CEFC's Thin Ice in China

How can a low-margin energy trader like CEFC afford to buy so much?
Photographer: Zealot/Getty Images

CEFC China Energy Co. looks to be headed down the same path as serial acquirer HNA Group Co.

The Shanghai-based energy trader that bought a $9 billion stake in Russia's Rosneft PJSC in September is making headlines again after Hong Kong's former home secretary Patrick Ho was arrested in the U.S. on charges of participating in a plan to bribe top officials in Chad and Uganda on behalf of the company.

In October, CEFC Chairman and founder Ye Jianming warned that companies could go from a "blissful mid summer" to a "harsh winter" if they don't stay on guard. Even if Ho's arrest changes nothing for the group, its debt-fueled deals should raise some eyebrows.

From modest beginnings in Fujian in 2002, CEFC has grown to become a Fortune 500 company. Like HNA, which began life as a provincial airline but expanded rapidly via leverage, CEFC is veering away from its core business of energy trading. A bond prospectus last year said the group's "business activities are capital intensive and the continued funding of such activities is critical."

CEFC now has stakes in a fund manager, an insurer and a privately owned bank in China. It's poured money into the Czech Republic, buying part of Prague-based J&T Finance Group SE, along with a football club, and last month aborted an attempt to purchase brokerage firm Cowen Inc. following U.S. national security concerns.

That a company in the low-margin business of energy trading can afford to buy so much is surprising. CEFC's gross profit margin from trading oil was just 4.87 percent in the first half, exchange filings show, 1 while Ebitda over the past four-and-a-half years totals less than 30 billion yuan ($4.5 billion).

Yet CEFC's assets have surged to almost 170 billion yuan since 2013. It describes itself as China's largest private oil and gas company, with 50,000 employees and revenue of more than $40 billion.

A slew of bank loans -- an option usually unavailable to privately held enterprises unless they're politically connected -- has helped CEFC get there.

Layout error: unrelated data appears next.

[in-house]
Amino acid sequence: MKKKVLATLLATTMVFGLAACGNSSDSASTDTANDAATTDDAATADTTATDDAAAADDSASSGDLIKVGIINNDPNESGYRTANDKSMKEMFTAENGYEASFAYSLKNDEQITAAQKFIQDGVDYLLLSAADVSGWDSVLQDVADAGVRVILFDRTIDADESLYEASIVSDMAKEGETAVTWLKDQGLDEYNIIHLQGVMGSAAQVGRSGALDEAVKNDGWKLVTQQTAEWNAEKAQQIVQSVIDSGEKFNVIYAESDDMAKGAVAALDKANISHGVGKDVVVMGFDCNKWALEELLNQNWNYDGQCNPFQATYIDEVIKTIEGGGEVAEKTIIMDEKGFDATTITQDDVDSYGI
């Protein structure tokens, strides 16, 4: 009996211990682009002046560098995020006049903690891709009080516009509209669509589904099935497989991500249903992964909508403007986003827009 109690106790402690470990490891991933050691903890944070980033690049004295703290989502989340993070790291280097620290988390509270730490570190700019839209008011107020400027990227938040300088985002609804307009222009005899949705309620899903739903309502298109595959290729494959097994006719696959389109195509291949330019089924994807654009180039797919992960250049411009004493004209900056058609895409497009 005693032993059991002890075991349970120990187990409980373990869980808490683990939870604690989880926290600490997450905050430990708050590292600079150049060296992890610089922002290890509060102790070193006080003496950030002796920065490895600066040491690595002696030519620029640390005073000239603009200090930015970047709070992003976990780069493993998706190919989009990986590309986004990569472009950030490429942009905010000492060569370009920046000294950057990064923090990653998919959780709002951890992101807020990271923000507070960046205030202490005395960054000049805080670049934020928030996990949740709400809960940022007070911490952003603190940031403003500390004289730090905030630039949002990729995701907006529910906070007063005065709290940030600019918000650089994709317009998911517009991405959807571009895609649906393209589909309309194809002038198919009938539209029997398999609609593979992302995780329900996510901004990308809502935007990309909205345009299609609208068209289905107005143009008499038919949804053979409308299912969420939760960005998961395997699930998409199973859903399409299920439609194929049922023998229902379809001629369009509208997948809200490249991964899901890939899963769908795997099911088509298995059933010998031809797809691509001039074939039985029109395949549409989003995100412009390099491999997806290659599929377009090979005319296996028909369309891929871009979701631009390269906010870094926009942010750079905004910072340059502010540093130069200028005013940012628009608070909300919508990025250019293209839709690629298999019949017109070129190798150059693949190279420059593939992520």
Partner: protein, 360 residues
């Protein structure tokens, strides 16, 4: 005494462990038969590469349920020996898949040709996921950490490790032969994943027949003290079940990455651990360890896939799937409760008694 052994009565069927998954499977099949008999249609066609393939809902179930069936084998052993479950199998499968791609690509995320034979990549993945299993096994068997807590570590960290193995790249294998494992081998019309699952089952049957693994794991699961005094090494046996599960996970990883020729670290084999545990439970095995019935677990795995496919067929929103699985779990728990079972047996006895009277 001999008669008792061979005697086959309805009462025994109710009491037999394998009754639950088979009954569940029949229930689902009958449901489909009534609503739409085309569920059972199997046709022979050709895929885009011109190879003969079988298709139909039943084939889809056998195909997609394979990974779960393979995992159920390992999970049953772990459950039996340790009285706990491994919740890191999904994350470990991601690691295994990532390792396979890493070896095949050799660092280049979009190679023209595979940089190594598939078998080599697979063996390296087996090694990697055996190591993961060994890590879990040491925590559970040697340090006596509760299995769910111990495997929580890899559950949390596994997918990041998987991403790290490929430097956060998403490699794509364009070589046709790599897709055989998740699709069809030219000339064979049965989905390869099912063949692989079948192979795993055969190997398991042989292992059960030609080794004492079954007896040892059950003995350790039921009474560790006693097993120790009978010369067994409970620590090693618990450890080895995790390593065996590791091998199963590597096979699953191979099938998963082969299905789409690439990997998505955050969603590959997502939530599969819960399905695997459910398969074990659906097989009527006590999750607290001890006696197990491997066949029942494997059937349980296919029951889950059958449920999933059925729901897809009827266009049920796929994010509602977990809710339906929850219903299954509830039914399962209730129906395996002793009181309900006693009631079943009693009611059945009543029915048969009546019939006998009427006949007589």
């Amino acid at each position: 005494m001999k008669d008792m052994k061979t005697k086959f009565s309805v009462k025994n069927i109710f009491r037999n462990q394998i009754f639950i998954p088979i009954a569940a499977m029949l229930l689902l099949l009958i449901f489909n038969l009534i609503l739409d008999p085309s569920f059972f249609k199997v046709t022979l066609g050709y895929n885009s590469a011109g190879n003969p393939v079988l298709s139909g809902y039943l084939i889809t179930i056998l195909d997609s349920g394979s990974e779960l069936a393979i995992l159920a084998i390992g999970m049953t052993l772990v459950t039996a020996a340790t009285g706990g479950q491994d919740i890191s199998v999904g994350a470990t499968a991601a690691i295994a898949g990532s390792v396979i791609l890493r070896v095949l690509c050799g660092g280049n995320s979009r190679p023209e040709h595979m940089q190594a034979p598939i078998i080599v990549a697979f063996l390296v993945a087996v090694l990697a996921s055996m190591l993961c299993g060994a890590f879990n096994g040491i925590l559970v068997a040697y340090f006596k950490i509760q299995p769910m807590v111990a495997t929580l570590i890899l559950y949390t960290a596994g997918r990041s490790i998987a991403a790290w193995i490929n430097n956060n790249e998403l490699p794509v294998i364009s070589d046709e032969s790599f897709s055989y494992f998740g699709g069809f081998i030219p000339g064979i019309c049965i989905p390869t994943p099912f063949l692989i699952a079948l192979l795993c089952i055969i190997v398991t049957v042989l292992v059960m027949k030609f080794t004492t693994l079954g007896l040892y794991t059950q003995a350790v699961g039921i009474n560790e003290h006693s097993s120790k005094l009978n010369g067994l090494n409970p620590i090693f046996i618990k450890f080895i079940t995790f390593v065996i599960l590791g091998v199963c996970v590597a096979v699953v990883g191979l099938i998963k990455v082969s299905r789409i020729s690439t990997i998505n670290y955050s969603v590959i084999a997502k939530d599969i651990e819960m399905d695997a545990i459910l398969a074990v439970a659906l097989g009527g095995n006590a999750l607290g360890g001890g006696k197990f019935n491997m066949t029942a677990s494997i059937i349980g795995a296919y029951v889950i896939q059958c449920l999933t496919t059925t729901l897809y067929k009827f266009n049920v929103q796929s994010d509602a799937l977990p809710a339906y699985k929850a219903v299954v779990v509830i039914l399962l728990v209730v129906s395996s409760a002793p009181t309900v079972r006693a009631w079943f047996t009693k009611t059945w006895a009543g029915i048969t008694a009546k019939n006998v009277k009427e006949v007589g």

Similar to HNA, CEFC looks like a state-owned enterprise, but isn't. Its 2016 bond prospectus shows the company is held by five individuals. Chairman Ye isn't one of them.

Filings also show that as of June 30, CEFC had 53 billion yuan in credit lines from Chinese banks, including 34 billion yuan from policy lender China Development Bank. CEFC has already tapped about 80 percent of the advances available.

So far, so good. However, the political climate in Beijing can change quickly and when that happens, things can get ugly. Of the 117 billion yuan in total debt that CEFC has accumulated, 75 percent is short term.

What's more, because of its low-margin business, higher borrowing costs could make a serious dent in CEFC's financials. At the end of the first half, CEFC's net debt-to-equity ratio was close to 200 percent, while its Ebitda-to-interest-payment ratio was 3.2 times. In other words, interest payments alone have eaten up about one-third of CEFC's gross earnings.

Ye is at least barking up the right tree, espousing the virtues of President Xi Jinping's One Belt, One Road initiative. But as other acquisitive conglomerates like Dalian Wanda Group Co. and HNA know, connections can't always be relied upon. A house built on debt is a house of cards, which in China can collapse pretty quickly.

This column does not necessarily reflect the opinion of Bloomberg LP and its owners.

  1. CEFC isn't listed but because its onshore bonds trade in Shanghai, the company has to report earnings. 

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